understanding:
there arose in me wisdom,
there arose in me light.

Monks, at the thought:
This Ariyan truth about Ill
has been understood (by me),
— concerning things unlearnt before,
there arose in me vision,
insight,
understanding:
there arose in me wisdom,
there arose in me light.

Again, monks, at the thought
of this Ariyan truth
about the arising of Ill,
— concerning things unlearnt before,
there arose in me vision,
insight,
understanding:
there arose in me wisdom,
there arose in me light.

At the thought:
This arising of Ill[7]
is to be put away,
— concerning things unlearnt before,
there arose in me vision,
insight,
understanding:
there arose in me wisdom,
there arose in me light.

At the thought:
This arising of I11
has been put away,
— concerning things unlearnt before,
there arose in me vision,
insight,
understanding:
there arose in me wisdom,
there arose in me light.

Again, monks, at the thought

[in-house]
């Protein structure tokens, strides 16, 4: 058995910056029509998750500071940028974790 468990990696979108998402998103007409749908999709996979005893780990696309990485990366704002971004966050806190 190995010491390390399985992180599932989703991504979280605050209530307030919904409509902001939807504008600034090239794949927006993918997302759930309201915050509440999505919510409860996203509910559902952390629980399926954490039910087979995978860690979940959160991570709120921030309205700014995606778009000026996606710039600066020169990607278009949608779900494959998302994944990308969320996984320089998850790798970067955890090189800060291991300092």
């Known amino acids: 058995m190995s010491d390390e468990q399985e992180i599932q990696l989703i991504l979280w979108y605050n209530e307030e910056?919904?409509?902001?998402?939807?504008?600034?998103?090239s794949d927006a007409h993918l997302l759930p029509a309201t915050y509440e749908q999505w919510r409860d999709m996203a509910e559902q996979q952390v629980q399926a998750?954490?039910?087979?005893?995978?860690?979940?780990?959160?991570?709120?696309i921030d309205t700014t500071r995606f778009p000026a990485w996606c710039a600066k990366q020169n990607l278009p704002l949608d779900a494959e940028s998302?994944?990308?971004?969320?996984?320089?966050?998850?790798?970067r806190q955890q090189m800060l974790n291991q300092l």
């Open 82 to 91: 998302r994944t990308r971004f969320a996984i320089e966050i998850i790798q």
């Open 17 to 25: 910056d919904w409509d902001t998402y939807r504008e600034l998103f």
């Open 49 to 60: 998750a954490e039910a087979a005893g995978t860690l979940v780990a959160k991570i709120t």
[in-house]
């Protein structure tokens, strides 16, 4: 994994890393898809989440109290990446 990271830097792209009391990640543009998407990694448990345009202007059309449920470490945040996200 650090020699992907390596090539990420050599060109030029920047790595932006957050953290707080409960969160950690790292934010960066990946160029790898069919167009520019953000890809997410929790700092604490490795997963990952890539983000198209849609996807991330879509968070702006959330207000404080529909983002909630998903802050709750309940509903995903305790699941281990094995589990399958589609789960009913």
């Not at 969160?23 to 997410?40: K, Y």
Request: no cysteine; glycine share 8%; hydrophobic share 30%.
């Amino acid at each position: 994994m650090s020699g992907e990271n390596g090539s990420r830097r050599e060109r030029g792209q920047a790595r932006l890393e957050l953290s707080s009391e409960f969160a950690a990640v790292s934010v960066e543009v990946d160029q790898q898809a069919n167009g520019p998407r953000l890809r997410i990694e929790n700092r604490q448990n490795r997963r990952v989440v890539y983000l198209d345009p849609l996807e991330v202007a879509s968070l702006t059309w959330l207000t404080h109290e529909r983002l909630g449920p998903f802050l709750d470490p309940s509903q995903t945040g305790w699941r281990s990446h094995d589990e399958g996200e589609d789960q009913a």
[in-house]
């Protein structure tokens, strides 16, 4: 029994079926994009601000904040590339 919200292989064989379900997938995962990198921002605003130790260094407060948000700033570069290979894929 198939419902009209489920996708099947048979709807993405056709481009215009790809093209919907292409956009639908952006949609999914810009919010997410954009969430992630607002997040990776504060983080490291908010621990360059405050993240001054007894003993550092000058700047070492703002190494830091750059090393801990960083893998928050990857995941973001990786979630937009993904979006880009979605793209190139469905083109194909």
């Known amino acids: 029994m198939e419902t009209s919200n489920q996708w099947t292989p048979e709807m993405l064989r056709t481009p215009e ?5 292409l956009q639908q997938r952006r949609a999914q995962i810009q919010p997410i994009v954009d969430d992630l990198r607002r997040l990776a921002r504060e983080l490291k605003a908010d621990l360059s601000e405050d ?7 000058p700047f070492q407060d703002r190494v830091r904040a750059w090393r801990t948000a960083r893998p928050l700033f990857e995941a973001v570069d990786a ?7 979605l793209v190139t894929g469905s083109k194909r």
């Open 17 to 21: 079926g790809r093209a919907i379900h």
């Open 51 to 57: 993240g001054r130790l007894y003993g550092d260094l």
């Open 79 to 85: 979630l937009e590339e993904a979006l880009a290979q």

of this Ariyan truth
about the ceasing of Ill,
— concerning things unlearnt before,
there arose in me vision,
insight,
understanding:
there arose in me wisdom,
there arose in me light.

At the thought:
This ceasing of Ill
must be realized,
— concerning things unlearnt before,
there arose in me vision,
insight,
understanding:
there arose in me wisdom,
there arose in me light.

At the thought:
This Ariyan truth about the ceasing of Ill
has been realized,
— concerning things unlearnt before,
there arose in me vision,
insight,
understanding:
there arose in me wisdom,
there arose in me light.

Again, monks, at the thought
of this Ariyan truth
about the [359] practice
leading to the ceasing of Ill,